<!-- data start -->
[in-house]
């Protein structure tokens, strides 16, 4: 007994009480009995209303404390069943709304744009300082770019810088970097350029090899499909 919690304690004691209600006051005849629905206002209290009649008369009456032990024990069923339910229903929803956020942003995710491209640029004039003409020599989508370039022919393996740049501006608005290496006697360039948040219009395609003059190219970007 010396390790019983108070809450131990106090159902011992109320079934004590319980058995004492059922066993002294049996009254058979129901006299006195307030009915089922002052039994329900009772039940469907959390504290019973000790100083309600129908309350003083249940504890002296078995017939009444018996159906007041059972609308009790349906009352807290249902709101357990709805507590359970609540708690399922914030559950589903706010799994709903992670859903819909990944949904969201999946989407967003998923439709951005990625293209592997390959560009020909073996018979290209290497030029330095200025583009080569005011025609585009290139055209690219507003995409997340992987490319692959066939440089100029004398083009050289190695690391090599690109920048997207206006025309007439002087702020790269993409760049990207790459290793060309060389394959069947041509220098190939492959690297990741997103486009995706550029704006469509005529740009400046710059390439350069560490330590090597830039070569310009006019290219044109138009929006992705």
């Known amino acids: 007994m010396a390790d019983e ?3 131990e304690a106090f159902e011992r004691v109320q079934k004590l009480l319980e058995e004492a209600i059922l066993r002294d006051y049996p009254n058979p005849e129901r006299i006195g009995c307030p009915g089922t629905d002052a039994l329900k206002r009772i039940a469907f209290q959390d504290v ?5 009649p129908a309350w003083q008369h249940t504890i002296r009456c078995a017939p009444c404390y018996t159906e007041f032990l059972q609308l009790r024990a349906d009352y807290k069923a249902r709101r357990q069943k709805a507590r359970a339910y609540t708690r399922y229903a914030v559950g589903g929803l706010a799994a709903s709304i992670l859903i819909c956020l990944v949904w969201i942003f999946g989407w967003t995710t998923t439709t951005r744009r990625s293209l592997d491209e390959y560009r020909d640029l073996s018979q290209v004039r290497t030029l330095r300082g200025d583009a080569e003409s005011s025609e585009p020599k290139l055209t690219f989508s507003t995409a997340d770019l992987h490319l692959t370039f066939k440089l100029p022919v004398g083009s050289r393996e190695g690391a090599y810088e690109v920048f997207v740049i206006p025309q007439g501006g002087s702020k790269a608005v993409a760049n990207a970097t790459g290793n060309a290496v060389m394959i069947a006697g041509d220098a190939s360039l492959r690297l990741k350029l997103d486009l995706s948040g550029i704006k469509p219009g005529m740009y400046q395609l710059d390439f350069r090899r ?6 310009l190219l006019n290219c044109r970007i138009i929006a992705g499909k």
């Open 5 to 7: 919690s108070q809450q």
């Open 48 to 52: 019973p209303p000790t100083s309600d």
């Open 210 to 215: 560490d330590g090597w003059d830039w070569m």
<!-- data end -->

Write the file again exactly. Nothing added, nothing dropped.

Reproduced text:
[in-house]
């Protein structure tokens, strides 16, 4: 007994009480009995209303404390069943709304744009300082770019810088970097350029090899499909 919690304690004691209600006051005849629905206002209290009649008369009456032990024990069923339910229903929803956020942003995710491209640029004039003409020599989508370039022919393996740049501006608005290496006697360039948040219009395609003059190219970007 010396390790019983108070809450131990106090159902011992109320079934004590319980058995004492059922066993002294049996009254058979129901006299006195307030009915089922002052039994329900009772039940469907959390504290019973000790100083309600129908309350003083249940504890002296078995017939009444018996159906007041059972609308009790349906009352807290249902709101357990709805507590359970609540708690399922914030559950589903706010799994709903992670859903819909990944949904969201999946989407967003998923439709951005990625293209592997390959560009020909073996018979290209290497030029330095200025583009080569005011025609585009290139055209690219507003995409997340992987490319692959066939440089100029004398083009050289190695690391090599690109920048997207206006025309007439002087702020790269993409760049990207790459290793060309060389394959069947041509220098190939492959690297990741997103486009995706550029704006469509005529740009400046710059390439350069560490330590090597830039070569310009006019290219044109138009929006992705």
């Known amino acids: 007994m010396a390790d019983e ?3 131990e304690a106090f159902e011992r004691v109320q079934k004590l009480l319980e058995e004492a209600i059922l066993r002294d006051y049996p009254n058979p005849e129901r006299i006195g009995c307030p009915g089922t629905d002052a039994l329900k206002r009772i039940a469907f209290q959390d504290v ?5 009649p129908a309350w003083q008369h249940t504890i002296r009456c078995a017939p009444c404390y018996t159906e007041f032990l059972q609308l009790r024990a349906d009352y807290k069923a249902r709101r357990q069943k709805a507590r359970a339910y609540t708690r399922y229903a914030v559950g589903g929803l706010a799994a709903s709304i992670l859903i819909c956020l990944v949904w969201i942003f999946g989407w967003t995710t998923t439709t951005r744009r990625s293209l592997d491209e390959y560009r020909d640029l073996s018979q290209v004039r290497t030029l330095r300082g200025d583009a080569e003409s005011s025609e585009p020599k290139l055209t690219f989508s507003t995409a997340d770019l992987h490319l692959t370039f066939k440089l100029p022919v004398g083009s050289r393996e190695g690391a090599y810088e690109v920048f997207v740049i206006p025309q007439g501006g002087s702020k790269a608005v993409a760049n990207a970097t790459g290793n060309a290496v060389m394959i069947a006697g041509d220098a190939s360039l492959r690297l990741k350029l997103d486009l995706s948040g550029i704006k469509p219009g005529m740009y400046q395609l710059d390439f350069r090899r ?6 310009l190219l006019n290219c044109r970007i138009i929006a992705g499909k």
């Open 5 to 7: 919690s108070q809450q």
């Open 48 to 52: 019973p209303p000790t100083s309600d």
């Open 210 to 215: 560490d330590g090597w003059d830039w070569m």